Results 1 to 4 of 4

Math Help - HELP!! thankx

  1. #1
    Newbie pc31's Avatar
    Joined
    Jun 2008
    From
    Maine, US
    Posts
    12

    HELP!! thankx

    3 questions:
    1) let f: (a,b) -> (c,d) be continuos surjective monotonic function. prove f is invertible and its inverse is continuous

    2) f: [0,1] -> R
    f(x) = 0 if x is irrational;
    f(x) = 1/n if x is rational with x = m/n and gcd(m,n) = 1
    prove that f is riemann integrable and its integral from 0 to 1 is 0

    3) let f(x) < g(x) < h(x) for all x in [a,b]
    suppose f and h are riemann intagrable and integral of f from 0 to 1 equals integral of h from 0 to 1
    prove g is riemann intagrable and integral of g from 0 to 1 equals integral of f from 0 to 1
    Follow Math Help Forum on Facebook and Google+

  2. #2
    Behold, the power of SARDINES!
    TheEmptySet's Avatar
    Joined
    Feb 2008
    From
    Yuma, AZ, USA
    Posts
    3,764
    Thanks
    78
    Quote Originally Posted by pc31 View Post
    3 questions:

    2) f: [0,1] -> R
    f(x) = 0 if x is irrational;
    f(x) = 1/n if x is rational with x = m/n and gcd(m,n) = 1
    prove that f is riemann integrable and its integral from 0 to 1 is 0
    Before we get started lets note a few things. f is bounded above on [0,1] by 1. There is an irrational and rational point in every interval of postive length.

    Let \epsilon > 0 Pick an N \in \mathbb{N} such that \frac{1}{N} < \frac{\epsilon }{4}.

    Now lets construct a partion of [0,1]. let n > N

    A=\left[ 0,\frac{1}{n}\right]

    B=\bigcup_{i=2}^{n}\left[ \frac{1}{i}-\frac{\epsilon}{2^{i+1}},\frac{1}{i}+\frac{\epsilo  n}{2^{i+1}}\right]

    let C=\left[ 1-\frac{1}{n},1\right]

    Now set P=[A \cup B \cup C]


    |U(f,P)-L(f,P)|
     < \left|1 \cdot \left[ \frac{1}{n}-0 \right]+\sum_{i=2}^{n} 1 \cdot \left( \frac{1}{n} + \frac{ \epsilon}{2^{i+1}} - \frac{1}{n} + \frac{\epsilon}{2^{i+1}} \right) +1 \cdot \left( 1 -1+\frac{1}{n} \right) \right|

    =\left| \frac{2}{n}+\epsilon \sum_{i=2}^{n}\left( \frac{1}{2^i}\right) \right|<2\cdot \frac{\epsilon}{4}+\frac{\epsilon}{2}=\epsilon

    So f is integrable on [0,1]. Since it is integrable the value of the integral is equal to the supreemum of the lower integrals. Since it is always zero the value of the integral is 0.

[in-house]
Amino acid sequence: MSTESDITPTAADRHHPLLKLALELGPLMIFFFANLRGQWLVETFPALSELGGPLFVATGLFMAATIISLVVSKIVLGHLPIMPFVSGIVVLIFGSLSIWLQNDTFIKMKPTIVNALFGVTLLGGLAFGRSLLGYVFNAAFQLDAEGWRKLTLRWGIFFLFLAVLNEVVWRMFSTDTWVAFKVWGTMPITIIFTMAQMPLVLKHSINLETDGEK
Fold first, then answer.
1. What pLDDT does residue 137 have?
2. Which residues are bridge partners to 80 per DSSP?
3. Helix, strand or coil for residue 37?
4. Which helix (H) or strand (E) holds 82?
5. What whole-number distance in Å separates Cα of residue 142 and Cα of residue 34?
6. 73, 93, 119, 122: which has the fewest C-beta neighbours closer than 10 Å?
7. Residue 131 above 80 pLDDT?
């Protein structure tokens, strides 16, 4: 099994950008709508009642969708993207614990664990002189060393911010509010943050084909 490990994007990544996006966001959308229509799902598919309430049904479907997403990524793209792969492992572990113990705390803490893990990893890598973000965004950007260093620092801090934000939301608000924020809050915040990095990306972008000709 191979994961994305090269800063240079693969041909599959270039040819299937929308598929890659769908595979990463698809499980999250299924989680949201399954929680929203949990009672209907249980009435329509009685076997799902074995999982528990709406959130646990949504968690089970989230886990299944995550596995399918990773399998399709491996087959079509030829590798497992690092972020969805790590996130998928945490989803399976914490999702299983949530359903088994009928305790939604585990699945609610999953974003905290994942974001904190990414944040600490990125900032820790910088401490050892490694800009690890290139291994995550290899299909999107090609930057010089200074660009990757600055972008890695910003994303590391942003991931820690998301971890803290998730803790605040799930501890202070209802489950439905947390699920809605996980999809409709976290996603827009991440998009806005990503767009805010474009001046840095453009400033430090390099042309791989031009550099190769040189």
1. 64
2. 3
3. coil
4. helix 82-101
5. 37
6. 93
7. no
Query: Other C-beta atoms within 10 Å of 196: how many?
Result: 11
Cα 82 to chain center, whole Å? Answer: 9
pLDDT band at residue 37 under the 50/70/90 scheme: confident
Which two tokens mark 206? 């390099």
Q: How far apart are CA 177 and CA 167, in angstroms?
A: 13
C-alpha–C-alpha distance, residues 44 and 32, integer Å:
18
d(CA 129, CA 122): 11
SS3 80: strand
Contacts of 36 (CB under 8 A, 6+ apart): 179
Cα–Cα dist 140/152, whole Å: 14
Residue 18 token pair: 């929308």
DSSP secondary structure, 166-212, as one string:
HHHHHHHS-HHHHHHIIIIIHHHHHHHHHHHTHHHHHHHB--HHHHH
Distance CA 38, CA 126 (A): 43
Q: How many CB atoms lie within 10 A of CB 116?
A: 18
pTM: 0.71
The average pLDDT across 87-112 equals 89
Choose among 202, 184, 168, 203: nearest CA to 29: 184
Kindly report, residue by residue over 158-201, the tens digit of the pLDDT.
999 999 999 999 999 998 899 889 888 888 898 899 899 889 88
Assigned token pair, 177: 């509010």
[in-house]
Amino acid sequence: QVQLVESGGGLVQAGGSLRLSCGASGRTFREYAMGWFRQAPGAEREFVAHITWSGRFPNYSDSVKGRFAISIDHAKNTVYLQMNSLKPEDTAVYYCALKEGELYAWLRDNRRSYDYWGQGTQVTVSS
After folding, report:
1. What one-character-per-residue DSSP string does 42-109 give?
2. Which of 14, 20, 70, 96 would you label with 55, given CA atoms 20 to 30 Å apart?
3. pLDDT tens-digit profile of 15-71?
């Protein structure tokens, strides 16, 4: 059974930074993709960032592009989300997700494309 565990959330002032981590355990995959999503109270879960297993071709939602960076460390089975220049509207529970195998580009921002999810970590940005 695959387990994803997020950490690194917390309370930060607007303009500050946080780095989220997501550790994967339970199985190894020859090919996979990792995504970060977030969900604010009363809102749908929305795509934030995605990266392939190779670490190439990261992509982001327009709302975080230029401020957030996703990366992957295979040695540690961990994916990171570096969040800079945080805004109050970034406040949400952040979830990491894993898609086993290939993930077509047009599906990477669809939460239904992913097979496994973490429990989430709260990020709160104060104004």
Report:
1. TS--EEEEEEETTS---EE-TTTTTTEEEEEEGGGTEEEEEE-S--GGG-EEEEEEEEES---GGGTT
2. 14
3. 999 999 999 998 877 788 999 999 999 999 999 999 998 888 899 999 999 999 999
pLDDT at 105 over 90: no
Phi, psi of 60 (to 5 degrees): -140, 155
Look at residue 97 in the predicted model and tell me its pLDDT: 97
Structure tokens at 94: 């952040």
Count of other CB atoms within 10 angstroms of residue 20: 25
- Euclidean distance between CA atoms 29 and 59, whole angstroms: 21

Good luck.
    Follow Math Help Forum on Facebook and Google+

  3. #3
    Behold, the power of SARDINES!
    TheEmptySet's Avatar
    Joined
    Feb 2008
    From
    Yuma, AZ, USA
    Posts
    3,764
    Thanks
    78
    For 3) use the squeeze theorem.
    Follow Math Help Forum on Facebook and Google+

  4. #4
    is up to his old tricks again! Jhevon's Avatar
    Joined
    Feb 2007
    From
    New York, USA
    Posts
    11,663
    Thanks
    3
    Quote Originally Posted by pc31 View Post
    3 questions:
    1) let f: (a,b) -> (c,d) be continuos surjective monotonic function. prove f is invertible and its inverse is continuous
    First note, that if f is a constant function, we have the result right off the bat, so lets assume it is not constant, that is, it is increasing or decreasing. Now, a function is invertible if it is both 1-1 and onto. we are given that f is onto, thus, to prove it is invertible, it remains to show it is 1-1. we will do this using the definition: A function f is 1-1 if x_1 \ne x_2 \implies f(x_1) \ne f(x_2) for x_1,x_2 \in \text{dom}(f).

    Assume x_1 \ne x_2. Then, we may assume, without loss of generality, that x_2 > x_1, and that f is an increasing function (if this is not the case, we can easily assume otherwise and the proof remains valid). Since f is montone, x_2 > x_1 implies that f(x_2) > f(x_1). But that means f(x_1) \ne f(x_2), as desired.

    Now to prove continuity of the inverse function (i think this works ).

    Let \{ x_n \} be a convergent sequence in \text{dom}(f). and assume \lim_{n \to \infty} f(x_n) = L. this is possible by the continuity of f. by the Heine definition of continuity, we need to show that \lim_{n \to \infty} f^{-1}(f(x_n)) = f^{-1}(L). But that is, \lim_{n \to \infty} x_n = f^{-1}(L). this follows by our original assumption and the continuity of f.




    (Note that the domain of the inverse function is the codomain of the function. thus, for x in the domain of f, it makes sense to write f(x) to represent an element in the domain of f^{-1}(x))
    Follow Math Help Forum on Facebook and Google+

Search Tags


/mathhelpforum @mathhelpforum